Nepal is jam-packed full of beautiful treasures that can be bought for ludicrously cheap prices and brought home as souvenirs. Thangkas, religious paintings of Buddha on pieces of fabric, make stunning centrepieces back home and can be found in abundance. Another traditional Nepalese purchase is a singing bowl. This unique item is a bowl that makes a soothing humming noise when the rim is rubbed with a wooden stick and is a great accompaniment to a meditation session. Those looking for wall decorations will find plenty of choice with traditional Bhairab masks, dramatic faces used in dance performances and dramatically coloured.
For the budding writer, notebooks and diaries made with rice paper are an authentic souvenir of Nepal’s rice-orientated culture. These can usually be found hidden among other brightly coloured and fabulously designed handicrafts. Purses, pillow covers and throws with intricate patterns and stitching are staples in Nepalese markets and are easy to transport home. Traditional jewellery, made with gold and silver, is also a favourite with travellers.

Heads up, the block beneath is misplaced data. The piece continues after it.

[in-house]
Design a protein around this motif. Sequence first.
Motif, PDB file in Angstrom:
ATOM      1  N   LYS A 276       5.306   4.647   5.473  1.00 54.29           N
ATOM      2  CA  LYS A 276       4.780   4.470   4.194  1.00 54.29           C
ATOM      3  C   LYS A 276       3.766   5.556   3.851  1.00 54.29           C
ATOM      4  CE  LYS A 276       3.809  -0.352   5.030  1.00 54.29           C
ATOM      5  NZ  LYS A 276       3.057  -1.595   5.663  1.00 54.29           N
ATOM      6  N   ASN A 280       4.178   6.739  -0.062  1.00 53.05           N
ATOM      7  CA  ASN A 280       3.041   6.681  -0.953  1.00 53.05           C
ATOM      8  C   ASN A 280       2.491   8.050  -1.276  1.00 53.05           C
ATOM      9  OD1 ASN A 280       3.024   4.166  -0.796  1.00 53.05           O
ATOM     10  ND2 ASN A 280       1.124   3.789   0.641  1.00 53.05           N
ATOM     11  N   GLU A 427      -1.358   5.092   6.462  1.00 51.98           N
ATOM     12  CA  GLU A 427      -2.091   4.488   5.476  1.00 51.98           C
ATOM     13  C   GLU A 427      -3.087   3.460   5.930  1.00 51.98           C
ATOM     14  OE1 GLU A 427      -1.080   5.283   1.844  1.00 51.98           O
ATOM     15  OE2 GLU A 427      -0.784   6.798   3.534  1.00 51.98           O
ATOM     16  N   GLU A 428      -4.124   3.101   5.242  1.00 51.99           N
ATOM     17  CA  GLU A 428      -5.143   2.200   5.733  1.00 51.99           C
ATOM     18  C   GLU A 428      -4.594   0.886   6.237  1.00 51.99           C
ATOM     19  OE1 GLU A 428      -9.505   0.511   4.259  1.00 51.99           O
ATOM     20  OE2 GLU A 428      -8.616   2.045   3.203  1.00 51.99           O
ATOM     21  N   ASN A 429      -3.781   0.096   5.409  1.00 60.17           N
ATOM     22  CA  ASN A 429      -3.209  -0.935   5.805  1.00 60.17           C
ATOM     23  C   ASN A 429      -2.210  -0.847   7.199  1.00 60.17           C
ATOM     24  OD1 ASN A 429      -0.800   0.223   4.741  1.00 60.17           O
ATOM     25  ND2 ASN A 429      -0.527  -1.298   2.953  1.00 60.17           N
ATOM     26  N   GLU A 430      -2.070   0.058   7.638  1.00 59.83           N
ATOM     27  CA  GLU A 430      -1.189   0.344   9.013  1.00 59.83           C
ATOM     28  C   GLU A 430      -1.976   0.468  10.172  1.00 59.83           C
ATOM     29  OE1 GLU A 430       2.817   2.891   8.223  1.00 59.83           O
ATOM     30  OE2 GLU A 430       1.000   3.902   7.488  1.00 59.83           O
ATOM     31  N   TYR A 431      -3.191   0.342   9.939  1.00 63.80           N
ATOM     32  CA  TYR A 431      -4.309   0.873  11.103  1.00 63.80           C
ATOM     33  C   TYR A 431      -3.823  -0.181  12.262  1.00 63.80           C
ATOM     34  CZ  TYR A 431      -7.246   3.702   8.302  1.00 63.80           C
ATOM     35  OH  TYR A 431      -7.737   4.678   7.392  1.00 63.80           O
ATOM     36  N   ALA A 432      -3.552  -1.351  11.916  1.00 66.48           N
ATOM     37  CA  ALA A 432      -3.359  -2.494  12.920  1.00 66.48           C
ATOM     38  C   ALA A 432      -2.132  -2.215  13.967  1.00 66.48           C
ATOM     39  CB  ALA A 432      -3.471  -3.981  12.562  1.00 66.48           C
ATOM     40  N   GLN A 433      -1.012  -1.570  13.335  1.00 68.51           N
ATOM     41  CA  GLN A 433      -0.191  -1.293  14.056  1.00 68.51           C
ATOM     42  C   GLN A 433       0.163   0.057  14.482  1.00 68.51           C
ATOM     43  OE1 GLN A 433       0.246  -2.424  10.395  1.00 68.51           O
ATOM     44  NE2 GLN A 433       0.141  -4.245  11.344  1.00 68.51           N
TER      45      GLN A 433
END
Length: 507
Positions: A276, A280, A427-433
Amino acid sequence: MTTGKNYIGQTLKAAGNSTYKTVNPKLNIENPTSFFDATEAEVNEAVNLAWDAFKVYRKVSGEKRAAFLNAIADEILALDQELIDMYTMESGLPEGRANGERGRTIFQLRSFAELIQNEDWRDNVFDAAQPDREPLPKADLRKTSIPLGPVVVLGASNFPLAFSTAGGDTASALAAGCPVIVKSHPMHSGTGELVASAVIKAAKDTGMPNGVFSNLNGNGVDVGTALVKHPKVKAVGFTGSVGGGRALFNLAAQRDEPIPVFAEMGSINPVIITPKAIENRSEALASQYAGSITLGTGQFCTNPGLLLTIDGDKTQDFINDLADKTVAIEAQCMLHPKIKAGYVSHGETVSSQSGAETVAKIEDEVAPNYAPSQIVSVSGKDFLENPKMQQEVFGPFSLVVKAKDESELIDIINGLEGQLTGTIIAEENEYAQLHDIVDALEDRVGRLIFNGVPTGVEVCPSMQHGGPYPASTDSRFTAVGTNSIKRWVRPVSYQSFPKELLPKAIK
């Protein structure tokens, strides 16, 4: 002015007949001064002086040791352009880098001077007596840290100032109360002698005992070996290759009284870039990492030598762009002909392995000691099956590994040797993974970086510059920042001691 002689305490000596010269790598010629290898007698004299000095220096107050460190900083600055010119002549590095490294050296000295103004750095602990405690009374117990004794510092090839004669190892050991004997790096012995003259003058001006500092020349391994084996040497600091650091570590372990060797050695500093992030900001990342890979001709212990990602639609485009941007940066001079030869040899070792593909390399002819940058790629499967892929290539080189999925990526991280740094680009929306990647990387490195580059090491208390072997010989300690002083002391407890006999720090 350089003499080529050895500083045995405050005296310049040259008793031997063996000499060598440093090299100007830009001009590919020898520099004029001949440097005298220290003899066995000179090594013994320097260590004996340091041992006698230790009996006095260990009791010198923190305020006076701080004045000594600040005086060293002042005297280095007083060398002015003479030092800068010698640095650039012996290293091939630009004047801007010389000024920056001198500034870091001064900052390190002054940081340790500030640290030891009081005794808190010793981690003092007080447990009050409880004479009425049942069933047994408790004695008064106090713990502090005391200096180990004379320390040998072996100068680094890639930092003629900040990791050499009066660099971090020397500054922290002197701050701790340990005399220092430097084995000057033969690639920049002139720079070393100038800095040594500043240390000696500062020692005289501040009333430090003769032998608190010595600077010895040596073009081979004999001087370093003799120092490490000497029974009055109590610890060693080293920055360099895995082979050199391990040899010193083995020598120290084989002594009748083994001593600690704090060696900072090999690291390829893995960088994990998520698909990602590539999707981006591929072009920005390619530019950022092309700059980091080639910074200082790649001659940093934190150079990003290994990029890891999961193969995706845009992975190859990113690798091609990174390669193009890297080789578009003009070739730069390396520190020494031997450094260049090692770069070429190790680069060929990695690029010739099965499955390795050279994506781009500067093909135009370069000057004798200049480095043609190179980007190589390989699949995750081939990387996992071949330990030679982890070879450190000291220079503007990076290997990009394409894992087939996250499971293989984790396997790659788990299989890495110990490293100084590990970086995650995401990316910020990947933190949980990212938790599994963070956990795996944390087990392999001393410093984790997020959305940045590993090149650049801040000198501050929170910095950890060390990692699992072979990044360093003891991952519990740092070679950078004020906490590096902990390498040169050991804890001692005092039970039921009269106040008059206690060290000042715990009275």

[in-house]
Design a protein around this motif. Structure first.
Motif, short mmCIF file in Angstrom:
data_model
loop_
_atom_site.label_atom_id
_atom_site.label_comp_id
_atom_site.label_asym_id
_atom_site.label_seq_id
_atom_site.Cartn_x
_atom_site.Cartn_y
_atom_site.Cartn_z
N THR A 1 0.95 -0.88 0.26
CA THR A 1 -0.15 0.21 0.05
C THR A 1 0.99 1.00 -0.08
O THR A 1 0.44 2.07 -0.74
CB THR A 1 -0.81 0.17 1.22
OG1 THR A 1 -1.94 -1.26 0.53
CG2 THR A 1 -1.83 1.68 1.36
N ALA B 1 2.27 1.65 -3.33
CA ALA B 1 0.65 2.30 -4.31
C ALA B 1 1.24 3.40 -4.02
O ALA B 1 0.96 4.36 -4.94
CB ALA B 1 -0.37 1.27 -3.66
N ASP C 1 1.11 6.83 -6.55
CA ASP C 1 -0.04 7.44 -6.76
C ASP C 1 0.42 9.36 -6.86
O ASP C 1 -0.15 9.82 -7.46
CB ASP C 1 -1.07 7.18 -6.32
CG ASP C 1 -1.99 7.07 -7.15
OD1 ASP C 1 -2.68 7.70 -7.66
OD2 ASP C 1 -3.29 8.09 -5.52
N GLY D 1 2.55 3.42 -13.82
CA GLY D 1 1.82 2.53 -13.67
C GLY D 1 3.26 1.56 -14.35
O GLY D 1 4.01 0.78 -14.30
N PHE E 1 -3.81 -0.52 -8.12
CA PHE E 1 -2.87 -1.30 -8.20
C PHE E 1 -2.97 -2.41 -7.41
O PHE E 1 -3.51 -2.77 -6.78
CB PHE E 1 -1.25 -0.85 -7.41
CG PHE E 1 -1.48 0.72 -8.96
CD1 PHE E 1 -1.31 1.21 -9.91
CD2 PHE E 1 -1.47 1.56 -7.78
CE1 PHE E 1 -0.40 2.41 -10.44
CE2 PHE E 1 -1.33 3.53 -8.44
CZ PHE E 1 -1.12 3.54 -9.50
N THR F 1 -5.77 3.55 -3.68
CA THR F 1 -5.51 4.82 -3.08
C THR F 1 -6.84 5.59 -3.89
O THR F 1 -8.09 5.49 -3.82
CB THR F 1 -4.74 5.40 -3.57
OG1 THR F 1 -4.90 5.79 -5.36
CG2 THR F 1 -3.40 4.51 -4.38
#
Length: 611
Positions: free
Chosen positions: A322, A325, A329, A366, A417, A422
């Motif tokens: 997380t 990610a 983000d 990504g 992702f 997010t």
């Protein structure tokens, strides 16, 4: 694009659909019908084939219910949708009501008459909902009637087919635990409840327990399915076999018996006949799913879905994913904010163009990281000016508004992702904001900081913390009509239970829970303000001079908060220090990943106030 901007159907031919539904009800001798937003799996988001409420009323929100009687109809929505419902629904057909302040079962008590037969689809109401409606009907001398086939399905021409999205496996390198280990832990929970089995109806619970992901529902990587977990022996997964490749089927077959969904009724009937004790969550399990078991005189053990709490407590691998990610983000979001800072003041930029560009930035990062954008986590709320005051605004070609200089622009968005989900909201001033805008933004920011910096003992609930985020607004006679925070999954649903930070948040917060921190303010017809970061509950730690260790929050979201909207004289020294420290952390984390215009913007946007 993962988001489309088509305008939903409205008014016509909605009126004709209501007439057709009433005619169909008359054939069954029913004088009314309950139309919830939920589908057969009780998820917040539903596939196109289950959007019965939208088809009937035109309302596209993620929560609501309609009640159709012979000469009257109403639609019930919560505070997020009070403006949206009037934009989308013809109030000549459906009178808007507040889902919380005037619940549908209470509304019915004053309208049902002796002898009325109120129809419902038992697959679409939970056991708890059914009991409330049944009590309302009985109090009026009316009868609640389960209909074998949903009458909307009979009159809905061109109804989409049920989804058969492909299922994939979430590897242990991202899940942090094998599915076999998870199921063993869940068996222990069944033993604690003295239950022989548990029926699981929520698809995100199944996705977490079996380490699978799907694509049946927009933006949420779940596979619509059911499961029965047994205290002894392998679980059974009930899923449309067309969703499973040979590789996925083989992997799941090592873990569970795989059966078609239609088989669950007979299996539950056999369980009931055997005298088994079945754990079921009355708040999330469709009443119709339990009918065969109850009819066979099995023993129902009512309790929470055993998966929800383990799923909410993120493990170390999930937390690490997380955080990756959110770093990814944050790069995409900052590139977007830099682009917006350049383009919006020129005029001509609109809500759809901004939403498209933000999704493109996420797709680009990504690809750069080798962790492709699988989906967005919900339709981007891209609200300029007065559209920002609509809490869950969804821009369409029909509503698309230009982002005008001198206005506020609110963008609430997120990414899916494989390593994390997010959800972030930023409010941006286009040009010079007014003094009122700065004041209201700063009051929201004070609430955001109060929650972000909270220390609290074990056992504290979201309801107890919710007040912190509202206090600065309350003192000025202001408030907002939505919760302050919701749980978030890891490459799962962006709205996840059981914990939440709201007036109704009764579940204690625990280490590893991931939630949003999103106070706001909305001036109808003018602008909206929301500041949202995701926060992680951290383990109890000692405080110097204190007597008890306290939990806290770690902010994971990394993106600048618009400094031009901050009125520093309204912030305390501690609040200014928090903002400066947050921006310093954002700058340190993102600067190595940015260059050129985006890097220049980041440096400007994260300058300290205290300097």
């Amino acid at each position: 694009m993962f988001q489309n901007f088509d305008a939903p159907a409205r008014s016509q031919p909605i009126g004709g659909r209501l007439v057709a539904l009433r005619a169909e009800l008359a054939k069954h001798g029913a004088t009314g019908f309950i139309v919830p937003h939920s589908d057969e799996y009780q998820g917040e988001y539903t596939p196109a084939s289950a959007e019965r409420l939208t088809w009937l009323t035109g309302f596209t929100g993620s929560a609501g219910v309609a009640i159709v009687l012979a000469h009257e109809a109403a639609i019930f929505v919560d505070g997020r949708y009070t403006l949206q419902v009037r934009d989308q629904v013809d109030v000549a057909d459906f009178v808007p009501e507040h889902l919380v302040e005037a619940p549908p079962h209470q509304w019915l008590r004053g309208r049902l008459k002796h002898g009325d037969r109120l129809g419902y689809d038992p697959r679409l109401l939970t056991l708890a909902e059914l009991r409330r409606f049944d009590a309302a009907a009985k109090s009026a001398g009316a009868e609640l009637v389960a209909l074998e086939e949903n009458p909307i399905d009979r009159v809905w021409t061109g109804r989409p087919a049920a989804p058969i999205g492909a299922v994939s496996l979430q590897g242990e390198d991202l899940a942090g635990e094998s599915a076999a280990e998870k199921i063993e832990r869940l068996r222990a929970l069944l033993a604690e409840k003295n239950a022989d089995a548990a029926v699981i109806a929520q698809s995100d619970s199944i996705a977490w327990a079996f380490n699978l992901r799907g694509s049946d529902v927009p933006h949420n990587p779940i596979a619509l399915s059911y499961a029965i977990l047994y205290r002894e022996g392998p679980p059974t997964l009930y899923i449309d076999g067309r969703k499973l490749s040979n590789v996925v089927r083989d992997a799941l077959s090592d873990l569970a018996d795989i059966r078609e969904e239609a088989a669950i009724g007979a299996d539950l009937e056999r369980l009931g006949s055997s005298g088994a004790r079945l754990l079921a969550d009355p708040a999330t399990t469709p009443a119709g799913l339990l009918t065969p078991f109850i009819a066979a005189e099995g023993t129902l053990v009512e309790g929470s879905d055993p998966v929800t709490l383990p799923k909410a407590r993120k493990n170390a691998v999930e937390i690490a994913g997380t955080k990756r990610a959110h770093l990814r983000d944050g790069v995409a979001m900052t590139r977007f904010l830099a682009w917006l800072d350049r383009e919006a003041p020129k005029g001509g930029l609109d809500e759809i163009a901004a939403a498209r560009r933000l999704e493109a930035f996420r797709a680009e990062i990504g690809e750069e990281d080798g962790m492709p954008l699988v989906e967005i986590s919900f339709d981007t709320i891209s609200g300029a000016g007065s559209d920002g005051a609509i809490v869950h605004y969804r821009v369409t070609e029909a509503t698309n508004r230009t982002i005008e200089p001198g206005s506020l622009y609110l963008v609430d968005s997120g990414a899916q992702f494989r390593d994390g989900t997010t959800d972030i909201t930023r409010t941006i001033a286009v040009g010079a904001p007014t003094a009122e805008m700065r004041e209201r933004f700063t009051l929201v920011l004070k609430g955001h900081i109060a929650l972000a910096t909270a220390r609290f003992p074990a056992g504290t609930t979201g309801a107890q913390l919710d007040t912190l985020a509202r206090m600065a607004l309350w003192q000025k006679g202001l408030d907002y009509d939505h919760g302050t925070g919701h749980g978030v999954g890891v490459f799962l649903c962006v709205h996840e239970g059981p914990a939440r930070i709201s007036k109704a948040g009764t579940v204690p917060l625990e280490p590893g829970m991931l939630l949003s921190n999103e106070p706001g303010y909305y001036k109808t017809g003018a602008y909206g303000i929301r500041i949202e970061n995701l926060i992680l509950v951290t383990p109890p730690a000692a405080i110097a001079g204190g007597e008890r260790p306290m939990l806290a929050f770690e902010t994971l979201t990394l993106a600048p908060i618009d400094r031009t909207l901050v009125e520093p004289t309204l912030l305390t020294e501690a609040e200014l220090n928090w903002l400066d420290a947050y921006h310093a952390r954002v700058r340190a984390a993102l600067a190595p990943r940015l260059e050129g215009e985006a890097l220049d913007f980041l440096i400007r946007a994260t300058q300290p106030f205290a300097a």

Whilst trekking there are traders dotted along the trails selling everything from down jackets, waterproofs, jumpers, hats and socks at very reasonable prices, so there is no need to panic if you haven't packed enough. It is advisable to pack light and simply buy extra clothing en route if needed.
Is bargaining acceptable in Nepal?
Bargaining is a way of life in Nepal and happens on a daily basis between locals. Travellers are usually regarded as ultra-rich (and they are in comparison with the average Nepali) and are therefore usually offered an inflated price when they ask how much an item costs. The vendors are simply trying their luck and will often take down the price considerably if you engage in a bit of light-hearted haggling. Some guesthouses will also occasionally drop their price if you stay for several nights or arrive in a large group.